The Time Course of Person Perception From Voices: A Behavioral Study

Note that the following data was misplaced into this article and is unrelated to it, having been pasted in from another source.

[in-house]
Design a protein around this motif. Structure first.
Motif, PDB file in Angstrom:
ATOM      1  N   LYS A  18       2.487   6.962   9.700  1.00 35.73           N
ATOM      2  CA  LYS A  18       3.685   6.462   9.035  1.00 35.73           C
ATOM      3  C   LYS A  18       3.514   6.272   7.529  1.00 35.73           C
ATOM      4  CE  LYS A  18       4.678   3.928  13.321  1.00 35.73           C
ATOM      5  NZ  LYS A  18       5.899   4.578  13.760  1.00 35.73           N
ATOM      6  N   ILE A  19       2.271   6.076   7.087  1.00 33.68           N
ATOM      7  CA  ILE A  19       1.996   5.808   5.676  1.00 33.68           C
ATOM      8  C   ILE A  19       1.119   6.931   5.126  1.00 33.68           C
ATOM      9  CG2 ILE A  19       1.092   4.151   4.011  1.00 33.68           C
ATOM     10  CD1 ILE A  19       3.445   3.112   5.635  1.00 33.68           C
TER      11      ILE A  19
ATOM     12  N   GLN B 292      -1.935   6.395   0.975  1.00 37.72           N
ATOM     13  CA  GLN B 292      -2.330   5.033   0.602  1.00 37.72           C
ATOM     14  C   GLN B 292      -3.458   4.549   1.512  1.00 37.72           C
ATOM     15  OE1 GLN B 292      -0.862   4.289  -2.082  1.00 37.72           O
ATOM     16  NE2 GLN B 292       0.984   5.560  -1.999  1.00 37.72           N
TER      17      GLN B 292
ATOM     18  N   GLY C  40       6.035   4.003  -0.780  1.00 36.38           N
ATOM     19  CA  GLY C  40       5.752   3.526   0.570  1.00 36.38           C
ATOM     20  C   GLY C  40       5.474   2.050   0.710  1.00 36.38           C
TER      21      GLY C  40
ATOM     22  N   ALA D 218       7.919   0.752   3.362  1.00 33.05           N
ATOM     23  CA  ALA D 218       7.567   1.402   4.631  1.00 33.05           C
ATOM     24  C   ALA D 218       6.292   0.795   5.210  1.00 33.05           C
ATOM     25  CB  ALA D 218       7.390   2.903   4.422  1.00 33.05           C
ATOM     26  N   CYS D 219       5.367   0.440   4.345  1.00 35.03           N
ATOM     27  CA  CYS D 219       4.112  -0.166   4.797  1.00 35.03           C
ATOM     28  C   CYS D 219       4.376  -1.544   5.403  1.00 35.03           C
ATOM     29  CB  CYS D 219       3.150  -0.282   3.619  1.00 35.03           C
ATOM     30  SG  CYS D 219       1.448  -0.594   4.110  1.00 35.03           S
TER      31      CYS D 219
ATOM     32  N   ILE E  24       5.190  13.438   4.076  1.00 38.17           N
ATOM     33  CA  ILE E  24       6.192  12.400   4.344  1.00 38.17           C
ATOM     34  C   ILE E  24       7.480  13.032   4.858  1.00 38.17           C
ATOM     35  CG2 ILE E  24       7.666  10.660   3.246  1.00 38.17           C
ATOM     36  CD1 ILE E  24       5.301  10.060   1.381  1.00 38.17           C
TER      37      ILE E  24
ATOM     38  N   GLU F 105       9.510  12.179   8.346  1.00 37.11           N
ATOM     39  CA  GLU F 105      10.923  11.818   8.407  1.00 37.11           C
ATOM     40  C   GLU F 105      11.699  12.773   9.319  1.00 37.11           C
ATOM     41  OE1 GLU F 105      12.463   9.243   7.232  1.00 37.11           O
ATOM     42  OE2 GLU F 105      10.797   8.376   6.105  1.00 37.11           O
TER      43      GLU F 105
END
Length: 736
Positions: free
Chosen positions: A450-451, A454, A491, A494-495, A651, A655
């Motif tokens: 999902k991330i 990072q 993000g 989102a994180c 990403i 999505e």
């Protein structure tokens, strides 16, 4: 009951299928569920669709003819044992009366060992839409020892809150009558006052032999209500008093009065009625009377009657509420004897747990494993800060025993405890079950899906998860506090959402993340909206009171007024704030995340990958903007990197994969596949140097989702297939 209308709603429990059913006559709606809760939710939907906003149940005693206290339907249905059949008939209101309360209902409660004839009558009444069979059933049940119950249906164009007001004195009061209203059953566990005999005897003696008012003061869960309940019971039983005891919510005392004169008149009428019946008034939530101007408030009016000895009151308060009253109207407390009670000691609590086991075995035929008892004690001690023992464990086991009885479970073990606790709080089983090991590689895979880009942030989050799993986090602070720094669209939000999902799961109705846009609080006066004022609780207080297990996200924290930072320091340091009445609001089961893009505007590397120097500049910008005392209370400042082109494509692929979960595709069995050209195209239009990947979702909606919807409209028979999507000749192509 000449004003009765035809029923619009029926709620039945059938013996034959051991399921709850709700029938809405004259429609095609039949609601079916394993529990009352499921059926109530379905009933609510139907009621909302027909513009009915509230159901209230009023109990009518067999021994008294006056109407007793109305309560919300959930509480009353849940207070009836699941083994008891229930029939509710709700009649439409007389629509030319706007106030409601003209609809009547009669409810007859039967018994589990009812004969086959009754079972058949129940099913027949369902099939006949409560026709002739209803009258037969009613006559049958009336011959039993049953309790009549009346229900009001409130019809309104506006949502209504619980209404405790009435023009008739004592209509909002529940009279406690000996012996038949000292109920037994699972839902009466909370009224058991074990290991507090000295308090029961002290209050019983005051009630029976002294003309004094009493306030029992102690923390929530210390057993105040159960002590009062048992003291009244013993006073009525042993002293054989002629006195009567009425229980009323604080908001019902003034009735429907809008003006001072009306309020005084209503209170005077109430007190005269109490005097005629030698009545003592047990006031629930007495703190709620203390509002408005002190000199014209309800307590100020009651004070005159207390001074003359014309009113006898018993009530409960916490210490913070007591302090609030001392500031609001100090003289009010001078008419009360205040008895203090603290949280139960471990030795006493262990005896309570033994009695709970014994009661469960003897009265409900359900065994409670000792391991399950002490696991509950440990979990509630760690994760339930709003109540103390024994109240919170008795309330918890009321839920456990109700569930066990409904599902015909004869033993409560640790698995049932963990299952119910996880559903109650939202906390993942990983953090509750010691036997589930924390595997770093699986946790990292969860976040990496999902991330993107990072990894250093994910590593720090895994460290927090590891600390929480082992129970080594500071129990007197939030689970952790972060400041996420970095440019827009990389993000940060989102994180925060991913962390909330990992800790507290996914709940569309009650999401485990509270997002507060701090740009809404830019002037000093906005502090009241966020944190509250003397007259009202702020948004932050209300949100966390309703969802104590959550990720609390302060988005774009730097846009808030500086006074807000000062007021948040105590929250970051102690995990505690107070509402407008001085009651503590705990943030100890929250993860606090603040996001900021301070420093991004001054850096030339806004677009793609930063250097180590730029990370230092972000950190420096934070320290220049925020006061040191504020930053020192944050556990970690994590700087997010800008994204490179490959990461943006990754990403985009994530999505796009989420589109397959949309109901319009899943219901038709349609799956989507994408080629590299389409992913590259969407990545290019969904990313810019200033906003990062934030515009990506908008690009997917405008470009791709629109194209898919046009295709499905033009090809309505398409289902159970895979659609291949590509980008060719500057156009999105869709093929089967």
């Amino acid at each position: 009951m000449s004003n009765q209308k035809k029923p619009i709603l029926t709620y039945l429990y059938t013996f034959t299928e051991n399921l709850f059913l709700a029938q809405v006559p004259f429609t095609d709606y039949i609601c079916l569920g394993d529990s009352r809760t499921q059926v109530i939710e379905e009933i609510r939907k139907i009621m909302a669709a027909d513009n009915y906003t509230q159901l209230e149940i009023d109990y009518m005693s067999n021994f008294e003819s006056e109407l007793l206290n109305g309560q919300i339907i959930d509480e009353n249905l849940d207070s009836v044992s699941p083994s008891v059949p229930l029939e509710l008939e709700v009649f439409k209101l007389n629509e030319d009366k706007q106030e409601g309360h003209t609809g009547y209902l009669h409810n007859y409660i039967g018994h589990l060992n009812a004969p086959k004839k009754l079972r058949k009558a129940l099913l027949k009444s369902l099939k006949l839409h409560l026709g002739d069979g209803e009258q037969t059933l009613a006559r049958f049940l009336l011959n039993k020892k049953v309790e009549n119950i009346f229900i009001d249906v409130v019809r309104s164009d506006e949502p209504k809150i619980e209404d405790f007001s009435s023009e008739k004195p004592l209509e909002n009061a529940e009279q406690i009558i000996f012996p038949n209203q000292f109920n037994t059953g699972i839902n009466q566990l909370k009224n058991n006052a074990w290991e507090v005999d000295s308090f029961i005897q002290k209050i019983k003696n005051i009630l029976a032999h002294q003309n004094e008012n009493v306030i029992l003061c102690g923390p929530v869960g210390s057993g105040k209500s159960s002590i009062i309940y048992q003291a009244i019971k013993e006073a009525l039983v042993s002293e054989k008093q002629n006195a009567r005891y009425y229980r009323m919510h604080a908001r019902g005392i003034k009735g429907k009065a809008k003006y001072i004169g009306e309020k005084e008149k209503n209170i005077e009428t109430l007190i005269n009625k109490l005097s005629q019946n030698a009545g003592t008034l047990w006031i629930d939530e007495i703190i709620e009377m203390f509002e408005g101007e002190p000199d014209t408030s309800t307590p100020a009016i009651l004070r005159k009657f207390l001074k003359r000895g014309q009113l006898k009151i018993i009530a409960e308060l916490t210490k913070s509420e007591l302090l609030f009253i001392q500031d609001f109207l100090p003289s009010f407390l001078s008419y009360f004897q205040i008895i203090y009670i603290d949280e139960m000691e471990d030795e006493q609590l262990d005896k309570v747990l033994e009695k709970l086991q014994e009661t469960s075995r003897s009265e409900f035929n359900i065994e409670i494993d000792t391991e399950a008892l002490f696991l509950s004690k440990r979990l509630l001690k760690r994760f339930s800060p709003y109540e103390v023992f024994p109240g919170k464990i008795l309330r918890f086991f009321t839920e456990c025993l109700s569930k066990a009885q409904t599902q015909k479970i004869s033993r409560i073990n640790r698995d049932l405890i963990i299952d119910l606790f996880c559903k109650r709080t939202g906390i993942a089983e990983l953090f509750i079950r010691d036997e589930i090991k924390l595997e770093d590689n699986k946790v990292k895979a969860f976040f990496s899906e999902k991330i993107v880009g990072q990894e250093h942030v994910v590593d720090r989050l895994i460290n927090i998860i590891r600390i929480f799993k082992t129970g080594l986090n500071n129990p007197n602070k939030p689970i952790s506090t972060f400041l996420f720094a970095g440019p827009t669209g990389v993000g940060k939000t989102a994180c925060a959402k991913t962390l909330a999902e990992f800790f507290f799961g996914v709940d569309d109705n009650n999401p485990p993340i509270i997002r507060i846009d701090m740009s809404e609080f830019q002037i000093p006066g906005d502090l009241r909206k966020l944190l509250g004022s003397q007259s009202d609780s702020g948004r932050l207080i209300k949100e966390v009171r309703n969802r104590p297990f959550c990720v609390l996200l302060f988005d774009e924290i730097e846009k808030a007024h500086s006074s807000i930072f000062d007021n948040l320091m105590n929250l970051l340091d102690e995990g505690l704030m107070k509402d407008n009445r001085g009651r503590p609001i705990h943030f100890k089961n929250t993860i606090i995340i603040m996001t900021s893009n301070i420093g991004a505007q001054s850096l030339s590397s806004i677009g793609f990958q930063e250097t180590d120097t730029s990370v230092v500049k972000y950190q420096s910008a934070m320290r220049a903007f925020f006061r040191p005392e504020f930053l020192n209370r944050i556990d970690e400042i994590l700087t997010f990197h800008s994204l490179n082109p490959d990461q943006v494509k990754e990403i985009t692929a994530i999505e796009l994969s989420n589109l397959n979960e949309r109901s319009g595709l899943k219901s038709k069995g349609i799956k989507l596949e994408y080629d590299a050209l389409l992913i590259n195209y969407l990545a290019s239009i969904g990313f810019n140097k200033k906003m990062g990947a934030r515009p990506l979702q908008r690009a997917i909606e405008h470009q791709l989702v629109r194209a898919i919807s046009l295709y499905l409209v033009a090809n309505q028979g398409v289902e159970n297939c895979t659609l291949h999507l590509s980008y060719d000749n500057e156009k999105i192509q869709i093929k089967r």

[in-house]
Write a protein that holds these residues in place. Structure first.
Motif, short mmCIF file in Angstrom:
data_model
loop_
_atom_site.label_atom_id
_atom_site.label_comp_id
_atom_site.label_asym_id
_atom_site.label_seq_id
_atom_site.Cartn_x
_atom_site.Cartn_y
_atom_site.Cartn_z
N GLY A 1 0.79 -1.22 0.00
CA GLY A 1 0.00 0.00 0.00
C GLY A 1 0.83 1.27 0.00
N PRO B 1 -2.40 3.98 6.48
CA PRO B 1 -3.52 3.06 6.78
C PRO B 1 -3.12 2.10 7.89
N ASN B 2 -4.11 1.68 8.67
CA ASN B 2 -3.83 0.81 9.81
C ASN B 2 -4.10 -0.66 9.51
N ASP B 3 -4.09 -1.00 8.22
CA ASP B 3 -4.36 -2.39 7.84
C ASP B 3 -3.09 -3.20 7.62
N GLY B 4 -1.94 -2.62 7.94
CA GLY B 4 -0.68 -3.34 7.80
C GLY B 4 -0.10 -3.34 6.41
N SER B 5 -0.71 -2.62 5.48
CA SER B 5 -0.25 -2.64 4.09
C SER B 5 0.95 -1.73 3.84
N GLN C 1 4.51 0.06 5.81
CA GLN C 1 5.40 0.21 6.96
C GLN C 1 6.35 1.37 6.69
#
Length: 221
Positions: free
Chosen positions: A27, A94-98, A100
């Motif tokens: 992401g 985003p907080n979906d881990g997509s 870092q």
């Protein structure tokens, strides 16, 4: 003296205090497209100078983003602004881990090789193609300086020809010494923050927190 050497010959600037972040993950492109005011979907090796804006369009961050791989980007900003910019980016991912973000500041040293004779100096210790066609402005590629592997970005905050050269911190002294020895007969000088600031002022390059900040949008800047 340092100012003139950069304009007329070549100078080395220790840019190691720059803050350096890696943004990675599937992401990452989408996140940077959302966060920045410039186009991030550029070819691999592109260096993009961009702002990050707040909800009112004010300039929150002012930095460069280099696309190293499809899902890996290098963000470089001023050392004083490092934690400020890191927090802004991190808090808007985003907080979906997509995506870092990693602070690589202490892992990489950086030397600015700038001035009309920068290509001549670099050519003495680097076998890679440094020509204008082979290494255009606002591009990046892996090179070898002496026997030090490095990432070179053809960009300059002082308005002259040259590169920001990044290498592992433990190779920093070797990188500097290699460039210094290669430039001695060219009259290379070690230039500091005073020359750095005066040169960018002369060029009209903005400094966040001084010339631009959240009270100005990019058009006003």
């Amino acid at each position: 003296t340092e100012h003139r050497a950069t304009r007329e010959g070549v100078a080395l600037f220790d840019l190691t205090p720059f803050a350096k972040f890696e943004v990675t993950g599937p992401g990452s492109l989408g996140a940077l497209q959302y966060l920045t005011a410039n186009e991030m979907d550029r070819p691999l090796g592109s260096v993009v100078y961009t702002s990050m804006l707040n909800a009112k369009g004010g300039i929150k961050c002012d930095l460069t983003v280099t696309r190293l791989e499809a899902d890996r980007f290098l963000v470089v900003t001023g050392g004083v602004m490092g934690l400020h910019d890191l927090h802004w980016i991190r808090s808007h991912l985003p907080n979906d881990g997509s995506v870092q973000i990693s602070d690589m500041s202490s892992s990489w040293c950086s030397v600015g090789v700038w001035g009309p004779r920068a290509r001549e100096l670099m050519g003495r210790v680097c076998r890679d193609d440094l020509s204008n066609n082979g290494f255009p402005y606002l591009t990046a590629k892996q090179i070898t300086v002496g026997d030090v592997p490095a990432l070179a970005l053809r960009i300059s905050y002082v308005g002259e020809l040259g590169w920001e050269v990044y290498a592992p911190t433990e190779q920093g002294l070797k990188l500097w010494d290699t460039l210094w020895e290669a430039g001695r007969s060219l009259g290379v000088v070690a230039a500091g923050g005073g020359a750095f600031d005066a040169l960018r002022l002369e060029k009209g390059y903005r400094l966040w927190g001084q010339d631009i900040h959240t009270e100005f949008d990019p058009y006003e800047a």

Listeners spontaneously form impressions of a person from their voice: Is someone old or young? Trustworthy or untrustworthy? Some studies suggest that these impressions emerge rapidly (e.g., < 400 ms for traits), but it is unclear just how rapidly different impressions can emerge and whether the time courses differ across characteristics. I presented 618 adult listeners with voice recordings ranging from 25 ms to 800 ms in duration and asked them to rate physical (age, sex, health), trait (trustworthiness, dominance, attractiveness), and social (educatedness, poshness, professionalism) characteristics. I then used interrater agreement as an index for impression formation. Impressions of physical characteristics and dominance emerged fastest, showing high agreement after only 25 ms of exposure. In contrast, agreement for trait and social characteristics was initially low to moderate and gradually increased. Such a staggered time course suggests that there could be a temporo-perceptual hierarchy for person perception in which faster impressions could influence later ones.